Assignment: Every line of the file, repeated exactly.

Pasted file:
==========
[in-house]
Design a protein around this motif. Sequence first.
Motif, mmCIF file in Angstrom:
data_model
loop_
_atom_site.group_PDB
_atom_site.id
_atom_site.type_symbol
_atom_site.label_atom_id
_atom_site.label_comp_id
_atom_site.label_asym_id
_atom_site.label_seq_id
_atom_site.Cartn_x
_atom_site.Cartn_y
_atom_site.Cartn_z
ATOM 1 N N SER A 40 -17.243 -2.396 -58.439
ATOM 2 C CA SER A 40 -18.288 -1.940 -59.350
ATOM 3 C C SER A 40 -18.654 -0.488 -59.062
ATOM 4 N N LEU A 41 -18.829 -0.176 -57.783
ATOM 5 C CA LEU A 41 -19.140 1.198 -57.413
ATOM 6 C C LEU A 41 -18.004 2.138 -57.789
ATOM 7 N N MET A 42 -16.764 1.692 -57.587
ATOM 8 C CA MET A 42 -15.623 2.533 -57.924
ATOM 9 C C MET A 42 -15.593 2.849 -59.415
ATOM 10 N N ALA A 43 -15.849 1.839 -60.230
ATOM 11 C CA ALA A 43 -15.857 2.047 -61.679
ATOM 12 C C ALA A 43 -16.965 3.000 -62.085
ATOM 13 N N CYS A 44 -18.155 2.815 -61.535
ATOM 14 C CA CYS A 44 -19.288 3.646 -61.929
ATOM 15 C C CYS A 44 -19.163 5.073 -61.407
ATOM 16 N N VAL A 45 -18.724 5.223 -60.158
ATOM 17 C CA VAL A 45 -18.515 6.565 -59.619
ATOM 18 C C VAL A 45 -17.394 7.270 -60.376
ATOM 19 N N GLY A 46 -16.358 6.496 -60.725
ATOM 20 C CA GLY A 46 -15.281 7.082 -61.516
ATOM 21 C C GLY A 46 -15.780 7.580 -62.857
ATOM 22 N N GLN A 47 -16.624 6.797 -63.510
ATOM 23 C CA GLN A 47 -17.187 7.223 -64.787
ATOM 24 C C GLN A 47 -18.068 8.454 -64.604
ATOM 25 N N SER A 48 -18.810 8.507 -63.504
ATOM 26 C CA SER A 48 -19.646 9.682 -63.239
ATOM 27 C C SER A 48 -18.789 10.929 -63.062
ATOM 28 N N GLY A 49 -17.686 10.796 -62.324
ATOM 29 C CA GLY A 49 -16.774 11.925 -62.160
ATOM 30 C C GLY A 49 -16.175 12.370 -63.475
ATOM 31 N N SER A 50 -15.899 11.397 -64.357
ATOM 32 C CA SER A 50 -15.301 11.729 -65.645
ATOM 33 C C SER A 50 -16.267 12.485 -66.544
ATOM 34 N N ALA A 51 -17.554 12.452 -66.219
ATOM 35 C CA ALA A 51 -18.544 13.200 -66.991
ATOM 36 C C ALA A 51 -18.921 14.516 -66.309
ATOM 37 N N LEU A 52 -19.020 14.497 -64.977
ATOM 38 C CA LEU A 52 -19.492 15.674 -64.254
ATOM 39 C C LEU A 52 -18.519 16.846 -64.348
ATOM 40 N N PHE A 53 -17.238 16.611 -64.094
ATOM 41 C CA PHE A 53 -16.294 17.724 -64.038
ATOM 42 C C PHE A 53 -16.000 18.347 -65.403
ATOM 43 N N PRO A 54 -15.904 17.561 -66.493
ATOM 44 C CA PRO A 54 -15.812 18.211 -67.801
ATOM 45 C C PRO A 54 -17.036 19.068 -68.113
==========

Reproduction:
[in-house]
Design a protein around this motif. Sequence first.
Motif, mmCIF file in Angstrom:
data_model
loop_
_atom_site.group_PDB
_atom_site.id
_atom_site.type_symbol
_atom_site.label_atom_id
_atom_site.label_comp_id
_atom_site.label_asym_id
_atom_site.label_seq_id
_atom_site.Cartn_x
_atom_site.Cartn_y
_atom_site.Cartn_z
ATOM 1 N N SER A 40 -17.243 -2.396 -58.439
ATOM 2 C CA SER A 40 -18.288 -1.940 -59.350
ATOM 3 C C SER A 40 -18.654 -0.488 -59.062
ATOM 4 N N LEU A 41 -18.829 -0.176 -57.783
ATOM 5 C CA LEU A 41 -19.140 1.198 -57.413
ATOM 6 C C LEU A 41 -18.004 2.138 -57.789
ATOM 7 N N MET A 42 -16.764 1.692 -57.587
ATOM 8 C CA MET A 42 -15.623 2.533 -57.924
ATOM 9 C C MET A 42 -15.593 2.849 -59.415
ATOM 10 N N ALA A 43 -15.849 1.839 -60.230
ATOM 11 C CA ALA A 43 -15.857 2.047 -61.679
ATOM 12 C C ALA A 43 -16.965 3.000 -62.085
ATOM 13 N N CYS A 44 -18.155 2.815 -61.535
ATOM 14 C CA CYS A 44 -19.288 3.646 -61.929
ATOM 15 C C CYS A 44 -19.163 5.073 -61.407
ATOM 16 N N VAL A 45 -18.724 5.223 -60.158
ATOM 17 C CA VAL A 45 -18.515 6.565 -59.619
ATOM 18 C C VAL A 45 -17.394 7.270 -60.376
ATOM 19 N N GLY A 46 -16.358 6.496 -60.725
ATOM 20 C CA GLY A 46 -15.281 7.082 -61.516
ATOM 21 C C GLY A 46 -15.780 7.580 -62.857
ATOM 22 N N GLN A 47 -16.624 6.797 -63.510
ATOM 23 C CA GLN A 47 -17.187 7.223 -64.787
ATOM 24 C C GLN A 47 -18.068 8.454 -64.604
ATOM 25 N N SER A 48 -18.810 8.507 -63.504
ATOM 26 C CA SER A 48 -19.646 9.682 -63.239
ATOM 27 C C SER A 48 -18.789 10.929 -63.062
ATOM 28 N N GLY A 49 -17.686 10.796 -62.324
ATOM 29 C CA GLY A 49 -16.774 11.925 -62.160
ATOM 30 C C GLY A 49 -16.175 12.370 -63.475
ATOM 31 N N SER A 50 -15.899 11.397 -64.357
ATOM 32 C CA SER A 50 -15.301 11.729 -65.645
ATOM 33 C C SER A 50 -16.267 12.485 -66.544
ATOM 34 N N ALA A 51 -17.554 12.452 -66.219
ATOM 35 C CA ALA A 51 -18.544 13.200 -66.991
ATOM 36 C C ALA A 51 -18.921 14.516 -66.309
ATOM 37 N N LEU A 52 -19.020 14.497 -64.977
ATOM 38 C CA LEU A 52 -19.492 15.674 -64.254
ATOM 39 C C LEU A 52 -18.519 16.846 -64.348
ATOM 40 N N PHE A 53 -17.238 16.611 -64.094
ATOM 41 C CA PHE A 53 -16.294 17.724 -64.038
ATOM 42 C C PHE A 53 -16.000 18.347 -65.403
ATOM 43 N N PRO A 54 -15.904 17.561 -66.493
ATOM 44 C CA PRO A 54 -15.812 18.211 -67.801
ATOM 45 C C PRO A 54 -17.036 19.068 -68.113